Fourth Sunday of Easter [by Revd Margaret Bullitt-Jonas]

Anglican lectionary:
Catholic lectionary:
1st Reading
Acts 9:36-43
Acts 13:14,43b-52
2nd Reading
Rev 7:9-17
John 10:22-30
John 10:27-30
by Margaret Bullitt-Jonas, Missioner for Creation Care for both the Episcopal Diocese of Western Massachusetts and Mass. Conference, United Church of Chris

Good Shepherd, Good Earth

Today is Good Shepherd Sunday. On the Fourth Sunday of Easter our Gospel reading is always taken from chapter ten of John’s Gospel, where Jesus speaks of himself as the Good Shepherd. So it is a good morning to reflect on our call to care for Creation, a good morning to see if we can listen more deeply to the Good Shepherd’s voice.

The Good Shepherd cares for his sheep. A good shepherd makes sure that his flock has clean water, clean air, fresh grass, and a safe place to sleep.  A good shepherd knows that the only way to care for the sheep is to protect the web of life that sustains them.

We need our Good Shepherd today more than ever, for the web of life is unraveling before our eyes.  All the sheep – and everything we love – is at risk.  Unless we change course fast, civilization itself may not endure. The title of Bill McKibben’s new book, Falter, carries a sub-title that says it all: Has the Human Game Begun to Play Itself Out?  McKibben is one of our clearest thinkers and writers about climate change. A few years back he wrote Eaarth: Making a Life on a Tough New Planet, in which he made it clear that global warming is not just a future threat.  It is, he writes, “no longer a threat at all. It’s our reality. We’ve changed the planet, changed it in large and fundamental ways… Our old familiar globe is suddenly melting, drying, acidifying, flooding, and burning in ways that no human has ever seen.”1 “We’ve undermined the basic physical stability of this planet,” he says. “The atmosphere holds about five percent more water vapor than it did forty years ago…[which] explains all those deluges and downpours. The ocean is 30 percent more acidic, as it absorbs all that carbon from the atmosphere..”2

And there is no going back. Human beings have irrevocably altered the earth into which you and I were born. As Bill McKibben puts it, “The world hasn’t ended, but the world as we know it has….”3 Our task now is not to stop global warming, because that is impossible. Our task is to “keep it from getting any worse than it has to get,”4 and to find ways to live more “lightly, carefully, and gracefully”5 in this new world.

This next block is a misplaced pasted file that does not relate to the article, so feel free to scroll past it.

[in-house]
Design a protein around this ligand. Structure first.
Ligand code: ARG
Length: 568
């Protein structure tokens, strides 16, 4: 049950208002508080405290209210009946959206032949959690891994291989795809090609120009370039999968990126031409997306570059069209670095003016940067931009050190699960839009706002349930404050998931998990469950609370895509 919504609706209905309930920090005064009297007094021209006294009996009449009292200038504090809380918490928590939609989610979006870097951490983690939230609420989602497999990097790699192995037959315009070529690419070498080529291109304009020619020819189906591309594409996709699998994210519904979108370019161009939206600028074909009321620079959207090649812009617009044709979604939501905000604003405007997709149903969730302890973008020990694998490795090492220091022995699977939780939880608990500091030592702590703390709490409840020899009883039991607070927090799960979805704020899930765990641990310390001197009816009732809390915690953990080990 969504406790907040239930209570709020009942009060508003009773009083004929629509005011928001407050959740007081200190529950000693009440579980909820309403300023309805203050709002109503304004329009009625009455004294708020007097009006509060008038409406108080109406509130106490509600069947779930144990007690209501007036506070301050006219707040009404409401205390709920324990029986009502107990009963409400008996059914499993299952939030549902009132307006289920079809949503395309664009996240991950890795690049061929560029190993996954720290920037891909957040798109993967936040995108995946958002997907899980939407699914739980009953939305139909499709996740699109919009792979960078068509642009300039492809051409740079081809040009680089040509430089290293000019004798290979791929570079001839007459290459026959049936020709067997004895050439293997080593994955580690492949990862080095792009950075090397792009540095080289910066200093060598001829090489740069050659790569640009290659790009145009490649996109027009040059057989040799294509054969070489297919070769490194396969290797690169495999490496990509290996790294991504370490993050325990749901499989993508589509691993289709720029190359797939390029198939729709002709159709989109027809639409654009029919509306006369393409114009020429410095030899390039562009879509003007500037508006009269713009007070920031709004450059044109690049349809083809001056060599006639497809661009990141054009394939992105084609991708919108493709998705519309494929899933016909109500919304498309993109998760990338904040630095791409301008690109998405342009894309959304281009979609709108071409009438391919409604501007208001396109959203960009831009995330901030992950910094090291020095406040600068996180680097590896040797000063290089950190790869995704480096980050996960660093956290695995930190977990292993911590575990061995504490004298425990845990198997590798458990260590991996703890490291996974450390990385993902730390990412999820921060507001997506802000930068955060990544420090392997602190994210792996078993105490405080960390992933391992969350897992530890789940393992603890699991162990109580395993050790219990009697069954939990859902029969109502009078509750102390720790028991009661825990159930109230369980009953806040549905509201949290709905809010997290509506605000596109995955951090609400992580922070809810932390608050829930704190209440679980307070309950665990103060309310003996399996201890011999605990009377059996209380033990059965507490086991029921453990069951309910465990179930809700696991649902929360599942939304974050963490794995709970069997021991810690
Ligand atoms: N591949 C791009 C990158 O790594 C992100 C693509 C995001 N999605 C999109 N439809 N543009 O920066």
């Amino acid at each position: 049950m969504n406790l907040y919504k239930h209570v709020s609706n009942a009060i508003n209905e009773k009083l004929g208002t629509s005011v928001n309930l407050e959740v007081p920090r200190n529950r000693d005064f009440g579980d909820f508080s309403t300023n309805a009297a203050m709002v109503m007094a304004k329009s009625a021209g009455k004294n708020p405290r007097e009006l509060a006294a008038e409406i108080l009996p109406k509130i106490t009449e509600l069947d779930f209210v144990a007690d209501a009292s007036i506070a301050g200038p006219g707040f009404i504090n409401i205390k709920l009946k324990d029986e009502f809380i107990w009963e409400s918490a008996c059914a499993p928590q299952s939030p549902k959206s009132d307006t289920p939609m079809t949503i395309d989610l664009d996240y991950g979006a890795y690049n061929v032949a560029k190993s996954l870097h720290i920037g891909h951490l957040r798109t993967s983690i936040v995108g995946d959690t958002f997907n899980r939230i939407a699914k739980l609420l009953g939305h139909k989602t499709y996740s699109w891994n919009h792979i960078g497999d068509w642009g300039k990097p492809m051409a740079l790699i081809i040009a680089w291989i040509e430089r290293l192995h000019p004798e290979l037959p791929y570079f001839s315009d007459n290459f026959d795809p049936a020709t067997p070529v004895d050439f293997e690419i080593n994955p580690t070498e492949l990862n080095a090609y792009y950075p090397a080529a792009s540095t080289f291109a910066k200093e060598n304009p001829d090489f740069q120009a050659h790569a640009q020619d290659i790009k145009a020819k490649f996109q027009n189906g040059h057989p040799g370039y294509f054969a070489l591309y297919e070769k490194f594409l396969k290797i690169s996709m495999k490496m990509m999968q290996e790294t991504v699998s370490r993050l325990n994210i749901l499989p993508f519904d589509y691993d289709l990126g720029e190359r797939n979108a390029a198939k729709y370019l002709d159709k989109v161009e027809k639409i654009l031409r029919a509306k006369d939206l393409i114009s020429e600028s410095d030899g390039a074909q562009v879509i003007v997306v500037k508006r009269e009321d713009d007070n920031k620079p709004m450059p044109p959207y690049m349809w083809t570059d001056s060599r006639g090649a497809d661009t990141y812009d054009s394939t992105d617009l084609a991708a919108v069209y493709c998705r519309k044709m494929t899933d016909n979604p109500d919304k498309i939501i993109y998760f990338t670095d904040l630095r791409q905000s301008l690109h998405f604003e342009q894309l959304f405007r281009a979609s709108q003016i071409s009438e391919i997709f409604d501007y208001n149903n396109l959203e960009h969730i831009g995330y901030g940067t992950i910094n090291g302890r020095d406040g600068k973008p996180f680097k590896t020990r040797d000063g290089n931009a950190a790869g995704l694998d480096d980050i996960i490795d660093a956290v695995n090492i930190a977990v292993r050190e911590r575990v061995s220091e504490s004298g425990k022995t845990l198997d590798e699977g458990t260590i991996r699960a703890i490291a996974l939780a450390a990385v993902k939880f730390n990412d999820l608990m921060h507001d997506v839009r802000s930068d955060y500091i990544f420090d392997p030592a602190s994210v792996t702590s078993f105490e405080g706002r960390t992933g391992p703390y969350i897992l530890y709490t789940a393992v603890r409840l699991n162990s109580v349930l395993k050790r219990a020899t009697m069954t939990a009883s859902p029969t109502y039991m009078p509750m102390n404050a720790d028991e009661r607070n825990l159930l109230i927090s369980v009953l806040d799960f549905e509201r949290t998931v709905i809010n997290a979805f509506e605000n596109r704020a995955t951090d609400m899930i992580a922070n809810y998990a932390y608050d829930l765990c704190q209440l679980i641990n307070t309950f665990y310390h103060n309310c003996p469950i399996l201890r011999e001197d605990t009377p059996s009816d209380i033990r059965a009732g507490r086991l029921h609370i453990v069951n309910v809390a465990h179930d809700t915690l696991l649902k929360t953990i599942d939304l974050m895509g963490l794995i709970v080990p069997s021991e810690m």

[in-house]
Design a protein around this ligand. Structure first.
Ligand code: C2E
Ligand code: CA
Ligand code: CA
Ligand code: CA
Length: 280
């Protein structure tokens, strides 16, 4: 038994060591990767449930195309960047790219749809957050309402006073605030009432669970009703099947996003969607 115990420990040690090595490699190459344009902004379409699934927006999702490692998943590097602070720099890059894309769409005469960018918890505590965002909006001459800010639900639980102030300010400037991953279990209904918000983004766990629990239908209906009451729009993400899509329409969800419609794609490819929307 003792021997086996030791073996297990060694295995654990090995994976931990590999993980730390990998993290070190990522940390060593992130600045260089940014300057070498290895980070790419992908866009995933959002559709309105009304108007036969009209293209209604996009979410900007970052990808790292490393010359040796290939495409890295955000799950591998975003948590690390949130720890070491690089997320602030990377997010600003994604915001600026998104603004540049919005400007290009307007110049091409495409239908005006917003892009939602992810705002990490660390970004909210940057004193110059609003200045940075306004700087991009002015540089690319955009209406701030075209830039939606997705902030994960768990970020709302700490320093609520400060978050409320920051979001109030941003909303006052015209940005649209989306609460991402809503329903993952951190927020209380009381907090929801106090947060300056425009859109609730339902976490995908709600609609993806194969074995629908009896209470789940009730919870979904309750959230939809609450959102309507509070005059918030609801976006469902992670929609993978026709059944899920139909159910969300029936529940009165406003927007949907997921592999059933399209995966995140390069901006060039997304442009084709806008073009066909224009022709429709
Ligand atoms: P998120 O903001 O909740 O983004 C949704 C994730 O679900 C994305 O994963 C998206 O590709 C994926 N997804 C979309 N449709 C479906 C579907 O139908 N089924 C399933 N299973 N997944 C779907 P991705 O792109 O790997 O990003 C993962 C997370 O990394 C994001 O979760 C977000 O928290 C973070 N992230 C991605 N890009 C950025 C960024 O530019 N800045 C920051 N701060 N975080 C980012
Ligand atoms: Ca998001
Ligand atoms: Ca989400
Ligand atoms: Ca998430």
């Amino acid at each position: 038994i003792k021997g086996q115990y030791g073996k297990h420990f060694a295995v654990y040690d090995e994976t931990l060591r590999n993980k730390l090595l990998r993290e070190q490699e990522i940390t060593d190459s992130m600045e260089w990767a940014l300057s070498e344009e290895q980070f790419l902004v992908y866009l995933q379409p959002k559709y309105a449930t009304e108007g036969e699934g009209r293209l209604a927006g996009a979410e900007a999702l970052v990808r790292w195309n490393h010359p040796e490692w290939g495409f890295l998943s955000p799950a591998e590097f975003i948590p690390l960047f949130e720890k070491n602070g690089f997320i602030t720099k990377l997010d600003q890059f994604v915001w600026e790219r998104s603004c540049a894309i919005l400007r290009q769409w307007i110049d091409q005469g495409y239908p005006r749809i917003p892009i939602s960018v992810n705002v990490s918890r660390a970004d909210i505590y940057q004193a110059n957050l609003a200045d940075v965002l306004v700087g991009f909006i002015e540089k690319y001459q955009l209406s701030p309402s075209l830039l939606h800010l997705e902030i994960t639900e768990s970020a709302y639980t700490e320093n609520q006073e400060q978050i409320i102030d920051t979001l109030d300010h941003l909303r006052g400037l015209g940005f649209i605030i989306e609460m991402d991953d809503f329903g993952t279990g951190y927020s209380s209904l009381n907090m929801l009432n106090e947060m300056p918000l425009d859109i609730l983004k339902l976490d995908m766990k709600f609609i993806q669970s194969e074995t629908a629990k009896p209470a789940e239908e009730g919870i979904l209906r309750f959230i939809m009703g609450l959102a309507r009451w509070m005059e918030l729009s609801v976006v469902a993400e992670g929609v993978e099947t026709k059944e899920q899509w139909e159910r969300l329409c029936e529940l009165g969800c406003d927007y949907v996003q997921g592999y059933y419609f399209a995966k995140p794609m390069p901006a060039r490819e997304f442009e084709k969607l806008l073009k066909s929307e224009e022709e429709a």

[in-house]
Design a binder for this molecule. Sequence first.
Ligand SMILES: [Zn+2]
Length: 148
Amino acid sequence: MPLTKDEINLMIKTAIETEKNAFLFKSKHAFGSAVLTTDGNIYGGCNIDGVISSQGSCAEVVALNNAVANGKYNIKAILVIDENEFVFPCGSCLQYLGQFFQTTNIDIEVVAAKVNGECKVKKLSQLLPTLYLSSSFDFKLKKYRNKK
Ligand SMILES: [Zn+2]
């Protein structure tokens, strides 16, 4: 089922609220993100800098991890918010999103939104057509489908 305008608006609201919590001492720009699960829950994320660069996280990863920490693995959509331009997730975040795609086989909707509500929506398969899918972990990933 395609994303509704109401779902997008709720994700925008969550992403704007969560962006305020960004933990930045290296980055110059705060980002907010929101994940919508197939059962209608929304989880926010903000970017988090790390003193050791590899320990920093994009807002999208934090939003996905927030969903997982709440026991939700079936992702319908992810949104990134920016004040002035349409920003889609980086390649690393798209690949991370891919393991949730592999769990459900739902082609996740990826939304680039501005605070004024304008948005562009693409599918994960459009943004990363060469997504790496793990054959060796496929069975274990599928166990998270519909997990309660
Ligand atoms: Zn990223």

The starting point for every shepherd who wants to care for his or her sheep is to understand the landscape and to recognize the risks: sheep can’t drink from a stream that is polluted, and they can’t eat from a meadow that is filled with poisonous plants.  Sheep can’t survive unless they are protected from wolves.

So our starting point must be to face the reality of climate change and to underscore the facts of science. As McKibben explains, global warming is basically not a debate between China and the U.S., or between Democrats and Republicans. Basically “it’s a debate between human beings and physics and chemistry.”6 Physics and chemistry are not going to back down.

But climate change is not only a scientific issue — it is also a spiritual and ethical issue, as well. People of all faiths the world over are rising up and speaking out about the moral imperative to stabilize the climate and to protect low-income and historically marginalized communities, the people who are least responsible for global warming and yet most vulnerable to its effects.  Science and religion are coming together to speak to this issue with a single voice: the world is precious and the world is in peril.  Now is the time to stop burning coal, gas, and oil, to keep fossil fuels in the ground, and to make a swift and just transition to a clean energy economy built on renewable energy, like sunshine and wind.

The task before us is urgent, but it is one that can bring great joy.  Just think of that famous line from John 3:16: “For God so loved the world that he gave his only Son, so that everyone who believes in him may not perish but may have eternal life.”  God so loves the world that he gives his only Son.  God loves the world, and we who are made in the image and likeness of God – we love it, too. If God created us to love each other and our brother-sister beings — if deep in our guts, our bones, our genes, is a God-given affection for the rest of the created world – then rising up to protect that world is an act of love, an act of faithfulness to God. The face of the Good Shepherd, the face of the Risen Christ, shines out in every leaf and blossom, in every chickadee and butterfly, in every worm and wren. The actions we take to protect God’s Creation and to re-weave the fabric of life that is so swiftly unraveling — these actions are an act of reverence to the Creator.